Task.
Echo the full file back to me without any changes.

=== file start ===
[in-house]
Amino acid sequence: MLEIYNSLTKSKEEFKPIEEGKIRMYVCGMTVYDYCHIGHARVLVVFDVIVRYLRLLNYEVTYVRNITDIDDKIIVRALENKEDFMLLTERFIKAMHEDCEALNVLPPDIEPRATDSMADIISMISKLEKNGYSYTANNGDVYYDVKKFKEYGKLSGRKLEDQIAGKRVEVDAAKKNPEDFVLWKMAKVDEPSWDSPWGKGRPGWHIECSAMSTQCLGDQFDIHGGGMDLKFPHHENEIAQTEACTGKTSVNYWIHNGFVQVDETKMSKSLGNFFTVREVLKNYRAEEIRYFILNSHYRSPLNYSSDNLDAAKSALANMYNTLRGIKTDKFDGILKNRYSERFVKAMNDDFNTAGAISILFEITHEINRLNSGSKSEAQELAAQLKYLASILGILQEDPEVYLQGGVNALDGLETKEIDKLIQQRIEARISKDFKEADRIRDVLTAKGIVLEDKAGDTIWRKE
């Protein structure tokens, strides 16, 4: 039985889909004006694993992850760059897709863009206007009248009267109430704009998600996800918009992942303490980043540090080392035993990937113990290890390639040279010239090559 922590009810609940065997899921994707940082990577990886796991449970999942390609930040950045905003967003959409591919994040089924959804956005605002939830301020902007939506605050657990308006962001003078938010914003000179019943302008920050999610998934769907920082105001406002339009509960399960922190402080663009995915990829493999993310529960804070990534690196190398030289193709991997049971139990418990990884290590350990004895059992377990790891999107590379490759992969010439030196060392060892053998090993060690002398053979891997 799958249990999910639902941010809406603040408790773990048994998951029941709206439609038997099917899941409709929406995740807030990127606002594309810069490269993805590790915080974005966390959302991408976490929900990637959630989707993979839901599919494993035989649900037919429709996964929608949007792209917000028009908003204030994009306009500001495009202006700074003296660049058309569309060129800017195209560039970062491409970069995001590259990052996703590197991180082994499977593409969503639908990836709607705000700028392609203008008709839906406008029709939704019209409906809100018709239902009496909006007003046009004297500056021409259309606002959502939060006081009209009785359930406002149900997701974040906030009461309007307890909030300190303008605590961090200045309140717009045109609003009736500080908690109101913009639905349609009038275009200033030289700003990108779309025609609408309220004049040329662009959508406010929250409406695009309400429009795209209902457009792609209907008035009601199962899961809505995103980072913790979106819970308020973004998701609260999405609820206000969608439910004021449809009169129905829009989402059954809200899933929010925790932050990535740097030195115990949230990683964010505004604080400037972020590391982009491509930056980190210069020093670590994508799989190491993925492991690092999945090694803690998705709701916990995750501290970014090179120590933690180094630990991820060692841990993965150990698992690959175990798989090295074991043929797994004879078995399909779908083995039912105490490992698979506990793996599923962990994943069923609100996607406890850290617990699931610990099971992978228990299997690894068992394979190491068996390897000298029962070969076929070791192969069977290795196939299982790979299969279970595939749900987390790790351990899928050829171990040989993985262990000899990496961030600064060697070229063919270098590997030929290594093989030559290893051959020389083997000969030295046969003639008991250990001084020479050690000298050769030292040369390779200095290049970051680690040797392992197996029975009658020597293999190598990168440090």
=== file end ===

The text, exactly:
[in-house]
Amino acid sequence: MLEIYNSLTKSKEEFKPIEEGKIRMYVCGMTVYDYCHIGHARVLVVFDVIVRYLRLLNYEVTYVRNITDIDDKIIVRALENKEDFMLLTERFIKAMHEDCEALNVLPPDIEPRATDSMADIISMISKLEKNGYSYTANNGDVYYDVKKFKEYGKLSGRKLEDQIAGKRVEVDAAKKNPEDFVLWKMAKVDEPSWDSPWGKGRPGWHIECSAMSTQCLGDQFDIHGGGMDLKFPHHENEIAQTEACTGKTSVNYWIHNGFVQVDETKMSKSLGNFFTVREVLKNYRAEEIRYFILNSHYRSPLNYSSDNLDAAKSALANMYNTLRGIKTDKFDGILKNRYSERFVKAMNDDFNTAGAISILFEITHEINRLNSGSKSEAQELAAQLKYLASILGILQEDPEVYLQGGVNALDGLETKEIDKLIQQRIEARISKDFKEADRIRDVLTAKGIVLEDKAGDTIWRKE
């Protein structure tokens, strides 16, 4: 039985889909004006694993992850760059897709863009206007009248009267109430704009998600996800918009992942303490980043540090080392035993990937113990290890390639040279010239090559 922590009810609940065997899921994707940082990577990886796991449970999942390609930040950045905003967003959409591919994040089924959804956005605002939830301020902007939506605050657990308006962001003078938010914003000179019943302008920050999610998934769907920082105001406002339009509960399960922190402080663009995915990829493999993310529960804070990534690196190398030289193709991997049971139990418990990884290590350990004895059992377990790891999107590379490759992969010439030196060392060892053998090993060690002398053979891997 799958249990999910639902941010809406603040408790773990048994998951029941709206439609038997099917899941409709929406995740807030990127606002594309810069490269993805590790915080974005966390959302991408976490929900990637959630989707993979839901599919494993035989649900037919429709996964929608949007792209917000028009908003204030994009306009500001495009202006700074003296660049058309569309060129800017195209560039970062491409970069995001590259990052996703590197991180082994499977593409969503639908990836709607705000700028392609203008008709839906406008029709939704019209409906809100018709239902009496909006007003046009004297500056021409259309606002959502939060006081009209009785359930406002149900997701974040906030009461309007307890909030300190303008605590961090200045309140717009045109609003009736500080908690109101913009639905349609009038275009200033030289700003990108779309025609609408309220004049040329662009959508406010929250409406695009309400429009795209209902457009792609209907008035009601199962899961809505995103980072913790979106819970308020973004998701609260999405609820206000969608439910004021449809009169129905829009989402059954809200899933929010925790932050990535740097030195115990949230990683964010505004604080400037972020590391982009491509930056980190210069020093670590994508799989190491993925492991690092999945090694803690998705709701916990995750501290970014090179120590933690180094630990991820060692841990993965150990698992690959175990798989090295074991043929797994004879078995399909779908083995039912105490490992698979506990793996599923962990994943069923609100996607406890850290617990699931610990099971992978228990299997690894068992394979190491068996390897000298029962070969076929070791192969069977290795196939299982790979299969279970595939749900987390790790351990899928050829171990040989993985262990000899990496961030600064060697070229063919270098590997030929290594093989030559290893051959020389083997000969030295046969003639008991250990001084020479050690000298050769030292040369390779200095290049970051680690040797392992197996029975009658020597293999190598990168440090």